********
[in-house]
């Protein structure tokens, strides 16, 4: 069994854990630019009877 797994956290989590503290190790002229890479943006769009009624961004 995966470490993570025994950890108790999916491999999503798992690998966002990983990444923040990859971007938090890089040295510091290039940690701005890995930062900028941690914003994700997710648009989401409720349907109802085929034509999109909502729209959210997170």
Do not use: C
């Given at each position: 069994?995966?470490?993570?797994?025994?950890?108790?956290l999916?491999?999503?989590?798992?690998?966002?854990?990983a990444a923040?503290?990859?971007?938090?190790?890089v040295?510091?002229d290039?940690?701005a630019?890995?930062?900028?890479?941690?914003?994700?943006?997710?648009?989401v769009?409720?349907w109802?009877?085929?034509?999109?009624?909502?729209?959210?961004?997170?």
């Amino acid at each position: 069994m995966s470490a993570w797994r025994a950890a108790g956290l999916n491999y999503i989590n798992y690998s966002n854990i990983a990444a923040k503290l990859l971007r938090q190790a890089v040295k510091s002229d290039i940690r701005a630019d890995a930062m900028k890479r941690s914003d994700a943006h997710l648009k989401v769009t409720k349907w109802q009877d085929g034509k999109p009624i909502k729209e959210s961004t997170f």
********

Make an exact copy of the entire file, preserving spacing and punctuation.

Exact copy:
[in-house]
């Protein structure tokens, strides 16, 4: 069994854990630019009877 797994956290989590503290190790002229890479943006769009009624961004 995966470490993570025994950890108790999916491999999503798992690998966002990983990444923040990859971007938090890089040295510091290039940690701005890995930062900028941690914003994700997710648009989401409720349907109802085929034509999109909502729209959210997170």
Do not use: C
């Given at each position: 069994?995966?470490?993570?797994?025994?950890?108790?956290l999916?491999?999503?989590?798992?690998?966002?854990?990983a990444a923040?503290?990859?971007?938090?190790?890089v040295?510091?002229d290039?940690?701005a630019?890995?930062?900028?890479?941690?914003?994700?943006?997710?648009?989401v769009?409720?349907w109802?009877?085929?034509?999109?009624?909502?729209?959210?961004?997170?």
């Amino acid at each position: 069994m995966s470490a993570w797994r025994a950890a108790g956290l999916n491999y999503i989590n798992y690998s966002n854990i990983a990444a923040k503290l990859l971007r938090q190790a890089v040295k510091s002229d290039i940690r701005a630019d890995a930062m900028k890479r941690s914003d994700a943006h997710l648009k989401v769009t409720k349907w109802q009877d085929g034509k999109p009624i909502k729209e959210s961004t997170f």